EMU OIL

OTHER NAME(S):

Aceite de Emu, Bush Chook, Dromiceius Nova-hollandiae, Dromiceius novahollandiae, Émeu, Emu, Huile d'Émeu.<br/><br/>

Overview

Overview Information

The emu is a large, flightless bird, native to Australia. It is also farmed there as well as in the United States, Canada and Europe. Emu oil prepared from the fat of this bird and is used to make medicine.

People use emu oil for conditions such as high cholesterol, dry skin, wound healing, sore muscles, and other conditions, but there is no good scientific evidence to support these uses.

How does it work?

Emu oil contains chemicals called fatty acids. These chemicals might reduce pain and swelling (inflammation).

When emu oil is applied to the skin, it has moisturizing and cosmetic properties that resemble mineral oil.

Uses

Uses & Effectiveness?

Insufficient Evidence for

  • Joint pain caused by breast cancer drugs. Early research shows that applying emu oil reduces joint pain caused by drugs used to treat breast cancer. However, applying other oil that contains different ingredients also seems to work.
  • Skin damage due to radiation therapy. Early research shows that applying emu oil during and after radiation therapy doesn't prevent skin damage better than cottonseed oil.
  • Scaling rash, usually on the scalp and face (Seborrheic dermatitis). Applying emu oil to the skin might improve symptoms of seborrheic dermatitis. But it doesn't work as well as creams containing clotrimazole or hydrocortisone.
  • Burns.
  • Coughs.
  • Diabetic nerve pain.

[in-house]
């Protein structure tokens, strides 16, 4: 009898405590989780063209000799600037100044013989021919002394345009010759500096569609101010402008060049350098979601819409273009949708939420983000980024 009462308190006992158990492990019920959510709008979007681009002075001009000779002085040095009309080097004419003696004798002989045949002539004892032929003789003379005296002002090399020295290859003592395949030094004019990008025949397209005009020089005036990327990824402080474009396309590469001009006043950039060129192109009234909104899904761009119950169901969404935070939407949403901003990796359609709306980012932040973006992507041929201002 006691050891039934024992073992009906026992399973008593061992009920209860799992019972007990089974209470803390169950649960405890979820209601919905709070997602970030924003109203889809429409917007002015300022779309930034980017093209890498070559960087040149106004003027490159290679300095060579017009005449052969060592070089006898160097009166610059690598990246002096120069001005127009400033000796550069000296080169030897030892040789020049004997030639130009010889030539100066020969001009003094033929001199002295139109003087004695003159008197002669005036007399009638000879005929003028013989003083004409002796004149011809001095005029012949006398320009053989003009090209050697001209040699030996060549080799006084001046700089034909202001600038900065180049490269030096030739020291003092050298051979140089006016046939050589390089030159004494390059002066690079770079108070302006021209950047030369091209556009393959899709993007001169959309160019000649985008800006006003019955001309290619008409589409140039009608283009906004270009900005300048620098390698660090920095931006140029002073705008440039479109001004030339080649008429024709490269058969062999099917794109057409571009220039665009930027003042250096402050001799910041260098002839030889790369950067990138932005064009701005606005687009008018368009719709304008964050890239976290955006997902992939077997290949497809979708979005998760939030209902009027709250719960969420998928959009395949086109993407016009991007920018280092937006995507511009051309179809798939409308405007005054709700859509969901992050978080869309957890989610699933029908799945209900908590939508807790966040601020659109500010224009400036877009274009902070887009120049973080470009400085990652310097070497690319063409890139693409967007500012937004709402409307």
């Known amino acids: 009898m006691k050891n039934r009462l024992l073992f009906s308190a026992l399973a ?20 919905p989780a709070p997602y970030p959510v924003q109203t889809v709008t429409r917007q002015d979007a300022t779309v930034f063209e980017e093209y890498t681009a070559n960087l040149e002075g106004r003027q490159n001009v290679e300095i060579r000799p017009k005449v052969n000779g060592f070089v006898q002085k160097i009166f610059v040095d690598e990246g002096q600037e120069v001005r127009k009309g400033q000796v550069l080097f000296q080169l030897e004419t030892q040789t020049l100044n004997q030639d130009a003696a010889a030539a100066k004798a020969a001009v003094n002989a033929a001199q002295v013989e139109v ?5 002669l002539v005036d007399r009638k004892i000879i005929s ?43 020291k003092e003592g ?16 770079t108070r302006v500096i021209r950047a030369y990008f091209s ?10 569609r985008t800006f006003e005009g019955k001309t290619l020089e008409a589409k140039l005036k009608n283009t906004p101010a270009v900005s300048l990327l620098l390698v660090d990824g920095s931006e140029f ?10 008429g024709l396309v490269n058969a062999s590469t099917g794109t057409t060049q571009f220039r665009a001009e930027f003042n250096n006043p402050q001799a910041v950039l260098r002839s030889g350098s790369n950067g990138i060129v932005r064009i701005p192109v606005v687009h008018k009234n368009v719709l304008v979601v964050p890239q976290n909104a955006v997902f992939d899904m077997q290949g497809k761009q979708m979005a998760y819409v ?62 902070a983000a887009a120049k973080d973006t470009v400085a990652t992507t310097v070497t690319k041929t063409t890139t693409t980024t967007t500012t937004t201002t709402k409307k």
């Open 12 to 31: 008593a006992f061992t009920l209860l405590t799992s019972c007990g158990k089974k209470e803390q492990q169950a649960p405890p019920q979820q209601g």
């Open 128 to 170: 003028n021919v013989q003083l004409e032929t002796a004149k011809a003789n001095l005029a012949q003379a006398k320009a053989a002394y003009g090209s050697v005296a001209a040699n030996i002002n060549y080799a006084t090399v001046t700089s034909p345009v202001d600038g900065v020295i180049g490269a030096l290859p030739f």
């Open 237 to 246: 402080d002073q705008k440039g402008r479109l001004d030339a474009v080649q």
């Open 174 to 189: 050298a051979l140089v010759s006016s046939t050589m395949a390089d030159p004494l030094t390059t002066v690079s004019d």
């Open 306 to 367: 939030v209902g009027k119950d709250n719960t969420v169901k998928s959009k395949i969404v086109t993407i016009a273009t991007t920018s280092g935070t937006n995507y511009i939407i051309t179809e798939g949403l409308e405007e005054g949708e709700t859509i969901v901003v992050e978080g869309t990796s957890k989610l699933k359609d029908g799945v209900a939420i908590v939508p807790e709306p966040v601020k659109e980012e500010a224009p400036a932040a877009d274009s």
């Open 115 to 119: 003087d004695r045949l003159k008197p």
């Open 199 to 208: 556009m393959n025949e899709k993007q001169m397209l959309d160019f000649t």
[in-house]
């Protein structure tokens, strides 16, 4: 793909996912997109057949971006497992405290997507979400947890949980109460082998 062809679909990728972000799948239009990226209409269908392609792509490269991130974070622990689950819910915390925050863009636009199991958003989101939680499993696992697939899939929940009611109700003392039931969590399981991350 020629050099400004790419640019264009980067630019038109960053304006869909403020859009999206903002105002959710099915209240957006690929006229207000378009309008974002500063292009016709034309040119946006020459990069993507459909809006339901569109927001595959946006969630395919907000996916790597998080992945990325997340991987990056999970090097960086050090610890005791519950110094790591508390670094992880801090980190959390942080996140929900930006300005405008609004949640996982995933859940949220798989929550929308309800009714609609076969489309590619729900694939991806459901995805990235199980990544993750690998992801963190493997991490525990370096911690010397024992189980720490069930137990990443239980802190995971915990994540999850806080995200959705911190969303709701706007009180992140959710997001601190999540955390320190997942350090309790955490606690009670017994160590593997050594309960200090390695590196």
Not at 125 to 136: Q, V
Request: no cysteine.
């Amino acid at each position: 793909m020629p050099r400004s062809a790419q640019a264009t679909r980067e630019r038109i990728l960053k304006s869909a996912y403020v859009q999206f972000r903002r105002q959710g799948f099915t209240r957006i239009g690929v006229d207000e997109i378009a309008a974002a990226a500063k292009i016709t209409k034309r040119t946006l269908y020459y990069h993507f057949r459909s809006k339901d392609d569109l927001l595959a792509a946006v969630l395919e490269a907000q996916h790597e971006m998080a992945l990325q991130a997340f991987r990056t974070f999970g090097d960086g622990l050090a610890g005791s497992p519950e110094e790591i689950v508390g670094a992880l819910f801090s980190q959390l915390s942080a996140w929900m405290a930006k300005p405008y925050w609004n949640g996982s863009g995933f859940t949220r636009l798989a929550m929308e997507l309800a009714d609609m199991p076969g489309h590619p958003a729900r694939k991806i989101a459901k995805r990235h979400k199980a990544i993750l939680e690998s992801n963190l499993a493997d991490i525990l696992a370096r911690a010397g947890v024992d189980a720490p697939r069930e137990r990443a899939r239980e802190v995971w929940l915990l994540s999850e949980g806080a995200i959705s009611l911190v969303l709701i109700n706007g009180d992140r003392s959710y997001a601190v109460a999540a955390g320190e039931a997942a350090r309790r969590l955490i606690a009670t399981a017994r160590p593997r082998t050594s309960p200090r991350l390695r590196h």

• Dry or wrinkled skin.
  • Hemorrhoids.
  • High cholesterol.
  • Insect bites.
  • Shingles.
  • Sore muscles.
  • Weight loss.
  • Wound healing.
  • Other conditions.
More evidence is needed to rate the effectiveness of emu oil for these uses.

Side Effects

Side Effects & Safety

Emu oil is possibly safe for most people when applied to the skin in appropriate amounts for up to 6 weeks. It is not known if emu oil is safe when taken by mouth.

Special Precautions & Warnings:

Pregnancy and breast-feeding: Not enough is known about the use of emu oil during pregnancy and breast-feeding. Stay on the safe side and avoid use.

Interactions

Interactions?

We currently have no information for EMU OIL Interactions.

Dosing

Dosing

The appropriate dose of emu oil depends on several factors such as the user's age, health, and several other conditions. At this time there is not enough scientific information to determine an appropriate range of doses for emu oil. Keep in mind that natural products are not always necessarily safe and dosages can be important. Be sure to follow relevant directions on product labels and consult your pharmacist or physician or other healthcare professional before using.

View References

REFERENCES:

  • Abimosleh SM, Tran CD, Howarth GS. Emu oil: a novel therapeutic for disorders of the gastrointestinal tract? J Gastroenterol Hepatol 2012;27(5):857-61. View abstract.
  • Afshar M, Ghaderi R, Zardast M, Delshad P. Effects of topical emu oil on burn wounds in the skin of Balb/c mice. Dermatol Res Pract 2016;2016:6419216. View abstract.
  • Attarzadeh Y, Asilian A, Shahmoradi Z, Adibi N. Comparing the efficacy of emu oil with clotrimazole and hydrocortisone in the treatment of seborrheic dermatitis: A clinical trial. J Res Med Sci 2013;18(6):477-81. View abstract.
  • Chan A, De Boer R, Gan A, et al. Randomized phase II placebo-controlled study to evaluate the efficacy of topical pure emu oil for joint pain related to adjuvant aromatase inhibitor use in postmenopausal women with early breast cancer: JUST (Joints Under Study). Support Care Cancer 2017;25(12):3785-91. View abstract.